As multiple side projects got underway, the Subaru was on its road to recovery. The highest priority went to rebuilding the blown EJ257 engine. Troy Matta and his team at Suba Performance in Denver, Colorado took the reigns on the engine build by fortifying the internals of the flat four. Suba Performance replaced the factory connecting rods and pistons with forged counterparts by Manley Performance and CP Pistons. Before assembling the engine, the crankshaft received a nitriding process to ensure bottom-end strength and durability.
With Suba Performance addressing the engine, Molitor spent his time drafting ideas for the v-mount system. Space constrictions in the engine bay presented the biggest challenge to packaging a v-mounted intercooler that would be capable of sustaining high horsepower. Wanting to keep the engine bay of the Subaru as close to factory as possible, the best compromise involved removing the upper and lower radiator supports to make way for properly sized intercooler and radiator cores. Removing these supports necessitated the fabrication of new brackets and mounting locations for several engine bay components. Molitor utilized a Bell air-to-air intercooler core and crafted custom end tanks to fit between the headlights of the Subaru. Rounding out the v-mount system is custom intercooler plumbing, which Mangnall had finished with a gold powder coat. The coup de grâce for the system is the aluminum ductwork that directs airflow through the intercooler and radiator cores.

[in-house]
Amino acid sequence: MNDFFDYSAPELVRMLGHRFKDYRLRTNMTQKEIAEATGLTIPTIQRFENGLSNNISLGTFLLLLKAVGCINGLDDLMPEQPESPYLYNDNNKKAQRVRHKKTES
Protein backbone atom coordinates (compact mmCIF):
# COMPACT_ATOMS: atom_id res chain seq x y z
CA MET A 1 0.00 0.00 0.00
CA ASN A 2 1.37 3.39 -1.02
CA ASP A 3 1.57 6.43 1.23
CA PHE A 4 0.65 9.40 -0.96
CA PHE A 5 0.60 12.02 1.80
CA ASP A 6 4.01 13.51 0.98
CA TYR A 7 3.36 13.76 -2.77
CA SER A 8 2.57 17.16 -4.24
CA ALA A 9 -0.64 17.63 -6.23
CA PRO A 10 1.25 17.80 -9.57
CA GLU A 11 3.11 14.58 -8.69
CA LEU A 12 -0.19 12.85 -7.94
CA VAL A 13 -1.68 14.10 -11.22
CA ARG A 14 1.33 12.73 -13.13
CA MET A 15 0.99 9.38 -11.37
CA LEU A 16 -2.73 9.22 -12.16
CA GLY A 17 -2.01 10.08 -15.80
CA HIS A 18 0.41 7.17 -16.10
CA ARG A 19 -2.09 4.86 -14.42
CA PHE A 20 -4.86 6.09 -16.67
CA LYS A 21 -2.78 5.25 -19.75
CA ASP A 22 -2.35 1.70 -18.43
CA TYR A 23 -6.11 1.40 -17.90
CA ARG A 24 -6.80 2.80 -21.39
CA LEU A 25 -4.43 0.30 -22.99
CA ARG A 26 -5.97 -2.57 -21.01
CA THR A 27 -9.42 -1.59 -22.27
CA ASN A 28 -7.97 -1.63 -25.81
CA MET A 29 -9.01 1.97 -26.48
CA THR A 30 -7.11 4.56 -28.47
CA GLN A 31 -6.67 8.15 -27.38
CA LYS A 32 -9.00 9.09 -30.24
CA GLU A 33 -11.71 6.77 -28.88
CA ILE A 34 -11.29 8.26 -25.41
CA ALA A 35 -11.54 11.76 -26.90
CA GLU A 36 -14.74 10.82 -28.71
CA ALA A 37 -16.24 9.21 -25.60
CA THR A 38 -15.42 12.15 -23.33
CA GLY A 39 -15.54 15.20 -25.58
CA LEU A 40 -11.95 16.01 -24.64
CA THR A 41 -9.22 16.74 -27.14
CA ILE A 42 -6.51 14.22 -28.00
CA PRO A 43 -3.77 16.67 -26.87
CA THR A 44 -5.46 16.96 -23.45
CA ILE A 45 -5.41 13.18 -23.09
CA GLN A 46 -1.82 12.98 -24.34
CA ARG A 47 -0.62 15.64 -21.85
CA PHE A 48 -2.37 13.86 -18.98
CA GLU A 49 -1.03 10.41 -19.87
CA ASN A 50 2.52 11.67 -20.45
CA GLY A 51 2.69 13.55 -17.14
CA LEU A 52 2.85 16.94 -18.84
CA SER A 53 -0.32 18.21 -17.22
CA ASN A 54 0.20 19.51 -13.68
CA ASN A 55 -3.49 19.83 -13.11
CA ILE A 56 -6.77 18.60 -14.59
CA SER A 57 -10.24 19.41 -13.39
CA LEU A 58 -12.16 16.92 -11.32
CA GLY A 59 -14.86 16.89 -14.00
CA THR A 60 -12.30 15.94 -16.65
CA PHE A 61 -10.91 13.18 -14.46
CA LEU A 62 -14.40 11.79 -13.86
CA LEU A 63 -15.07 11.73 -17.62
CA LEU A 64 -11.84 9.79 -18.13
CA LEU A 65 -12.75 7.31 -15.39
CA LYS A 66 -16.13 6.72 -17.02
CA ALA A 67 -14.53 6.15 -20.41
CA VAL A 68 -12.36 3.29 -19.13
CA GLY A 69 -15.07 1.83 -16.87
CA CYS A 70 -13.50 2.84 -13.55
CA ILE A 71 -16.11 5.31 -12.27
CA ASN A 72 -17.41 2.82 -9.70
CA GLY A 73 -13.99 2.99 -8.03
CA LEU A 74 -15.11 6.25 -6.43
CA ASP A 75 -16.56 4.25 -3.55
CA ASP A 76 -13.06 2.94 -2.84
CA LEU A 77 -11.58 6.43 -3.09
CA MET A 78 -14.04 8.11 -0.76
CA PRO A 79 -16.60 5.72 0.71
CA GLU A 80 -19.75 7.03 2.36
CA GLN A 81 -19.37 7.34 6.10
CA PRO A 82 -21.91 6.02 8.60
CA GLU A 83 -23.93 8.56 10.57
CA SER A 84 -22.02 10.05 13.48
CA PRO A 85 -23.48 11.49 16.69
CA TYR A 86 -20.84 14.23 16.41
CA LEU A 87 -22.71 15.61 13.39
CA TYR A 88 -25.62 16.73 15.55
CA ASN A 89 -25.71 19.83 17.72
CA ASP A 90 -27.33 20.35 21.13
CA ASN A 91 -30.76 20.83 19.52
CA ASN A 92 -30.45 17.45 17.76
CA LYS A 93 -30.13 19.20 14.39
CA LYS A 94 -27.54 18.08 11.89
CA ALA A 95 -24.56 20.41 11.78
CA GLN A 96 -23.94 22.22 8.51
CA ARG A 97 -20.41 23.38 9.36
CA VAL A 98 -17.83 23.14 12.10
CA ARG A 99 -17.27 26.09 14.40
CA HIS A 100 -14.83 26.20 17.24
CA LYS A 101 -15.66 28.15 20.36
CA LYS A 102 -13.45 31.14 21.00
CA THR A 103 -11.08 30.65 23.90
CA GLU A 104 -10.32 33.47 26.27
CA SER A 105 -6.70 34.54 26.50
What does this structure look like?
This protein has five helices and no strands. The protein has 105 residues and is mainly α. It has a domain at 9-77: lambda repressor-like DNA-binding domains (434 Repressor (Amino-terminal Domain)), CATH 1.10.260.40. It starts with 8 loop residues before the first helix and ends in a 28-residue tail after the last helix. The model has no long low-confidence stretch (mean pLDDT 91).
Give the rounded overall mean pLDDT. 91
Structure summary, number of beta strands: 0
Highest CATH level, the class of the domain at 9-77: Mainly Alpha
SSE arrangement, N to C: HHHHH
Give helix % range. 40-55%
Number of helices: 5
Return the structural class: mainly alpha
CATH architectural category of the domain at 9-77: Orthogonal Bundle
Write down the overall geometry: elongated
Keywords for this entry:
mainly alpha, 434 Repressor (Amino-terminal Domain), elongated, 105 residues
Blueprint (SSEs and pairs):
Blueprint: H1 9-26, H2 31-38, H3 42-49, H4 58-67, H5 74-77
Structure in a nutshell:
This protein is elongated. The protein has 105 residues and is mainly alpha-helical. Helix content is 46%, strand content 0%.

The aerodynamics of the STi underwent a round of changes as well. With airflow directed into the engine compartment by way of the new v-mount setup, ventilation through the hood became a requirement. A Seibon carbon fiber reverse hood scoop replaced the factory scoop. Additionally, a secondary carbon fiber vent creates an unobstructed flow channel through the hood.